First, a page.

We left Petra the next morning and continued our tour of Jordan heading south for several hours on the Kings Highway. The landscape changed dramatically again. We entered the Wadi Rum area situated in southern Jordan near the Saudi Arabia border. It is everything you’d expect of a quintessential desert. The wadi is very isolated and largely inhospitable, extreme hot in the summer and cold in the winter. It features varied desert landscape consisting of a range of narrow gorges, natural arches, towering cliffs, massive landslides and dramatic caverns. It is recognized globally as an iconic desert landscape. Putting it on the map, link
People have been living here for thousands of years, mostly struggling to survive as goat herders. Now there are only several thousand Bedouin nomads remaining in the area. They have successfully developed an “eco-adventure tourism”, which is now their main source of income. The area has never been developed, it has no real infrastructure, leaving it quite unspoiled. The Jordanian government has recognized the unique natural and cultural history of Wadi Rum and its importance to tourism for the local economy. It was declared a protected area in 1998. Now over 185,000 acres are part of the Wadi Rum Protected Area under the UNESCO umbrella. One of the interesting features is the findings of 25,000 rock carvings with 20,000 inscription that can trace the evolution of human thought and the early development of the alphabet going back 12,000 years from the people who lived in this harsh environment.
The area is also know from the writings of T.E. Lawrence who passed through Wadi Rum several time during the Arab Revolt of 1971-1918 against the Ottoman Empire.
There are numerous camps scattered in the area that provide a number of activities. Ranging from guided jeep tours, camel and house back riding, ballooning, to visiting Nabatean sites, places where T.E. Lawrence stayed, to rock climbing or to just watching the sunset.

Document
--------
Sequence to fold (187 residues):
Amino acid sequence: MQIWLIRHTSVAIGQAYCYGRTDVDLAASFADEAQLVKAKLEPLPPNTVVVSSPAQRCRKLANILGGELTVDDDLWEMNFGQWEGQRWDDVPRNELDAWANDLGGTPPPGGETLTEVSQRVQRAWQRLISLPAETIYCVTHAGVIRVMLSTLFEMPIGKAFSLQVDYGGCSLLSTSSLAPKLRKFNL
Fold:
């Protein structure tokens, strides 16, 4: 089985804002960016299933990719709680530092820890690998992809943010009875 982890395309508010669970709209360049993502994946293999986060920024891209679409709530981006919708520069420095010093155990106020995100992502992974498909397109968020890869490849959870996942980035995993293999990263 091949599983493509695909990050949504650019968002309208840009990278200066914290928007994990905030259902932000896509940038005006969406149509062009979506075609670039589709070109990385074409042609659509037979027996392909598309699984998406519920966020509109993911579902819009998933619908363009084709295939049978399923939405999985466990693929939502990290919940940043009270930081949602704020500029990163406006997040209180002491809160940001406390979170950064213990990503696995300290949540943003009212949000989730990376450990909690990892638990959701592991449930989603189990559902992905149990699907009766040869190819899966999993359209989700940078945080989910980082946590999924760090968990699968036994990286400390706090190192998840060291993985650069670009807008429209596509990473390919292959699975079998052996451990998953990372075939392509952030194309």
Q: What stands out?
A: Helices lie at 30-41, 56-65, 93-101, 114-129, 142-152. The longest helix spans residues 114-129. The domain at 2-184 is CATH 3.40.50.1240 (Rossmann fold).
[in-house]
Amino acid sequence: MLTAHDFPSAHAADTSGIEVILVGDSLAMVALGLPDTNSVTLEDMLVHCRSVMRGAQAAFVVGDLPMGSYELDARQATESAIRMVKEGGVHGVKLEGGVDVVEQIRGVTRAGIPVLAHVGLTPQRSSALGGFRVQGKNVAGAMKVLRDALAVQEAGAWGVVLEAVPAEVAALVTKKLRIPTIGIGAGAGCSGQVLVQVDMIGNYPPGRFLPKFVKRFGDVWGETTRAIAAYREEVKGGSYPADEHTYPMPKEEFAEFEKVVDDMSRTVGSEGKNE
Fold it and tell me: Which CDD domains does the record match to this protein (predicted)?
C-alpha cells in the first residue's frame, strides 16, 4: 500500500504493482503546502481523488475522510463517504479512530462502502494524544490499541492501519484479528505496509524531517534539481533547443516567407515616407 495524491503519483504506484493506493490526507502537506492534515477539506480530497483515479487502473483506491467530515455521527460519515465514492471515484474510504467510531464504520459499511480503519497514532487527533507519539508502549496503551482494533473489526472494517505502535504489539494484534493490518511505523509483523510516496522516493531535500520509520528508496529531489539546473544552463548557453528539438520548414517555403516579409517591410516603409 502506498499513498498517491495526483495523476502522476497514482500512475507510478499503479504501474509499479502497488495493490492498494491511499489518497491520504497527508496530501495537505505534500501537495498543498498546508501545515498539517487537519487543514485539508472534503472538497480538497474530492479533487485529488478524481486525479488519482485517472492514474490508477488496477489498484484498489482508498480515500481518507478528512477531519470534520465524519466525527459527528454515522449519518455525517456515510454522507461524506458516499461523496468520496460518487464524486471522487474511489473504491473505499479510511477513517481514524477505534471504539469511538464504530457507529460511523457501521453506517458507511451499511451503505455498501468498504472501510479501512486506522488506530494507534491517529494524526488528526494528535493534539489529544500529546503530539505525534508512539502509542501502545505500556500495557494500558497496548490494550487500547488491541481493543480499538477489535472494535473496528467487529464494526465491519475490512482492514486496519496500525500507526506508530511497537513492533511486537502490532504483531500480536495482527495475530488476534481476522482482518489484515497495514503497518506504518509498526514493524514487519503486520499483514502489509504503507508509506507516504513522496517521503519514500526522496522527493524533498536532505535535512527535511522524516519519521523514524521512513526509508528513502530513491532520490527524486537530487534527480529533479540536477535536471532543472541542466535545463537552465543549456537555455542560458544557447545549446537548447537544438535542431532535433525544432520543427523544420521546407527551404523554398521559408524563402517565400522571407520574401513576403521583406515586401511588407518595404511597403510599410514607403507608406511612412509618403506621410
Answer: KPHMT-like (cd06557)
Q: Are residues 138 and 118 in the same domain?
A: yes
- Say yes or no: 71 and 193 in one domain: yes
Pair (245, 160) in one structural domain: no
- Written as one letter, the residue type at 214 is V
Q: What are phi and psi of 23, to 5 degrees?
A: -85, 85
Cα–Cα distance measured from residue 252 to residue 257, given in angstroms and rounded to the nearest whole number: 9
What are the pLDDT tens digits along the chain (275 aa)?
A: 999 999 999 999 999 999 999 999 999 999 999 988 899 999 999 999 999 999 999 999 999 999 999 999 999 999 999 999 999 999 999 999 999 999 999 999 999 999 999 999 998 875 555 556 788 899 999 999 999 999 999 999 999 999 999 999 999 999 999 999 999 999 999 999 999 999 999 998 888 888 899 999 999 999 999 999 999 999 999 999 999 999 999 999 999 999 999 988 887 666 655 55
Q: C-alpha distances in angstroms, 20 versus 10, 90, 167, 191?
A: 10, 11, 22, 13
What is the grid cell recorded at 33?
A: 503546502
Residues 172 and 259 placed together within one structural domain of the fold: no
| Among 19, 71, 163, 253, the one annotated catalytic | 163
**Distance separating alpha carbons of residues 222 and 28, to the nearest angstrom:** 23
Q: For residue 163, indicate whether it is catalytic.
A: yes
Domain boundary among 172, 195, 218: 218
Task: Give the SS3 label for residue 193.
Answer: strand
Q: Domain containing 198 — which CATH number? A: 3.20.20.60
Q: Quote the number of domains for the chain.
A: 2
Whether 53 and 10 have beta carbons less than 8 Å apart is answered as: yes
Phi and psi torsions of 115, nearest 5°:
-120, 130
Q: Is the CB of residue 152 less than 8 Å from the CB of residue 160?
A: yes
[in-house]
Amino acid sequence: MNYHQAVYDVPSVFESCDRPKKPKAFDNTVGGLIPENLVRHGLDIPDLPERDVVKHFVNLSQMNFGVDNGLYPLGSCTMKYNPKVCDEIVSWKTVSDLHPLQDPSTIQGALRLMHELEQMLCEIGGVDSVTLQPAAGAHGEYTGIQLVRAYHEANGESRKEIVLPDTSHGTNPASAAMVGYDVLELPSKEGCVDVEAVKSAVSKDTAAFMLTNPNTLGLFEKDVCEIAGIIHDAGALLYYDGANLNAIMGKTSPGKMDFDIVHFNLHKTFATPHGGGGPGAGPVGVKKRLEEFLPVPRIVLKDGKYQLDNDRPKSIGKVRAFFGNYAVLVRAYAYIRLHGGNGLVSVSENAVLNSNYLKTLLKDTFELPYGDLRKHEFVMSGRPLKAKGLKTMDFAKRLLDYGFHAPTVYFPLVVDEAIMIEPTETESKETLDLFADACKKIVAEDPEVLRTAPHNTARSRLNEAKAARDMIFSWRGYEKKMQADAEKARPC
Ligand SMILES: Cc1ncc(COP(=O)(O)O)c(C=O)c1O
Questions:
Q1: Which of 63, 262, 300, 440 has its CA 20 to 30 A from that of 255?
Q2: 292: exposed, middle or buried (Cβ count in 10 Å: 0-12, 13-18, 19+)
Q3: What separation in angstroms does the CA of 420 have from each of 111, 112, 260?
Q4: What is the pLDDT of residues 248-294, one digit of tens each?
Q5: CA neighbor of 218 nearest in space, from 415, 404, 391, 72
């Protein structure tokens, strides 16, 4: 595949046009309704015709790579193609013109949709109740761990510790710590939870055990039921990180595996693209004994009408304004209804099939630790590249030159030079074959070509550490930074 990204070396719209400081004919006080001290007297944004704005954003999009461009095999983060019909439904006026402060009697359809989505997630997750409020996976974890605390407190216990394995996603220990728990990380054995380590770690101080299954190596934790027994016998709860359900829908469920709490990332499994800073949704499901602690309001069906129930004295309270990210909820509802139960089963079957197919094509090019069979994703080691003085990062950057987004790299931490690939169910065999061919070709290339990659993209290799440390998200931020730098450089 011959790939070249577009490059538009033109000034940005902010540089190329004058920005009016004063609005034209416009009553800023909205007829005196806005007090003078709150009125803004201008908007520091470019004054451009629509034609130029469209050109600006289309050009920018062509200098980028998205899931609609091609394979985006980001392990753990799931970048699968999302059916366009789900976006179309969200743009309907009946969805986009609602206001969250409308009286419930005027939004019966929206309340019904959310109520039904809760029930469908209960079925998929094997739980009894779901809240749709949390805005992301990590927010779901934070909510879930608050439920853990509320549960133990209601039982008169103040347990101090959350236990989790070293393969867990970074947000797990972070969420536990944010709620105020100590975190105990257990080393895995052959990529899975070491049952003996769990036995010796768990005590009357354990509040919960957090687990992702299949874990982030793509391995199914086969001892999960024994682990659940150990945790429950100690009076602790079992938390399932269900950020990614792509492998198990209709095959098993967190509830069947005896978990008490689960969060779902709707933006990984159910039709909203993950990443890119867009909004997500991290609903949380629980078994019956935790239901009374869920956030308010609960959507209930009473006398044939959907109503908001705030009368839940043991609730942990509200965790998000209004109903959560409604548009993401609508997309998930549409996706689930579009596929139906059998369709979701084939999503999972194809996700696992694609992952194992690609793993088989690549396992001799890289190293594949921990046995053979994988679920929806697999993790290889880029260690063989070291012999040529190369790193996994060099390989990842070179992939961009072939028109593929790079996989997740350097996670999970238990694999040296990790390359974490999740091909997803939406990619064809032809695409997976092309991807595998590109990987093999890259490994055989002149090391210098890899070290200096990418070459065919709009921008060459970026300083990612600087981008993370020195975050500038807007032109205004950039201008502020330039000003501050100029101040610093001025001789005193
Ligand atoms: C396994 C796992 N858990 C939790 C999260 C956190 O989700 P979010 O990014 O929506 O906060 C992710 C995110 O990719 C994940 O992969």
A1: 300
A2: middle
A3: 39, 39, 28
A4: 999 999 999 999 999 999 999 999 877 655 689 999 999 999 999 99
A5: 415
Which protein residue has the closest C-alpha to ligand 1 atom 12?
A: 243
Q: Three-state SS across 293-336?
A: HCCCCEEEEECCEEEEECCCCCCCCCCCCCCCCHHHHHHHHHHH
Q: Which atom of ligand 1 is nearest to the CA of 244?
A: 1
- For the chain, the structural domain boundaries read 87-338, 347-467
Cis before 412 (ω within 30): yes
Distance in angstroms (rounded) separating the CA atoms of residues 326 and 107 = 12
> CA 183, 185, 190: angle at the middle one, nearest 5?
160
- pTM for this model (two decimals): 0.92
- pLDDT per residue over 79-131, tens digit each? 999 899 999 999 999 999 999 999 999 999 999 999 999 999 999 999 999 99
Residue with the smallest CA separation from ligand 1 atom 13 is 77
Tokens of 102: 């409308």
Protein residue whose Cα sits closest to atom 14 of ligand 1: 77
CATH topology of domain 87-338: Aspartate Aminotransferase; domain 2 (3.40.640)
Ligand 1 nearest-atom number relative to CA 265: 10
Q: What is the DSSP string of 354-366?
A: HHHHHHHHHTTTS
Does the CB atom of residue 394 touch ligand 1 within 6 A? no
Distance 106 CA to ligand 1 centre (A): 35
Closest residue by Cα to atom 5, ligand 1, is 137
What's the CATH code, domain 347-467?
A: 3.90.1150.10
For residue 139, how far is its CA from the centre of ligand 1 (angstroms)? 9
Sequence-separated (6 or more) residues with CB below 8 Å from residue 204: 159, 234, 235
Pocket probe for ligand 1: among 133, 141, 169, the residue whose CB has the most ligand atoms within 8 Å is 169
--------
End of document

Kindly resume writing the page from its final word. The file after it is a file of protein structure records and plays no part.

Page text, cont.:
After arriving in the Wadi Rum area, we turned off the main road and drove for miles into the desert. After passing through a small village we stopped at an empty parking lot where we waited for a jeep to pick us up. The open jeep continued to drive now off road through the desert to the camp site. We arrived early afternoon and while waiting for other guests to arrive M.E. and I took a walk up a small ridge overlooking the camp.
At 4:00 we hopped back in the open jeep and went for a several hour tour of this incredible area that ended with climbing another rock grouping to sit and watch the sunset. We returned to the camp and enjoyed a traditional Bedouin meal. The specialty is chicken and goat roasted under the desert sand. Coals or wood are placed in the bottom of a drum that is burned in the sand. Several layers of meat and vegetables are lowered into the drum. It is then covered with a lid, foil, layers of cloth and finally buried with sand where it smolders for several hours. We were joined by a group of men from Aqaba a Jordanian town on the Red Sea about an hour drives away. After dinner we were entertained by musicians while the man sang and danced around the camp fire. After the men left we walked out of the camp, up a sand dune to look at the stars. A most amazing sight. I think we saw a million stars!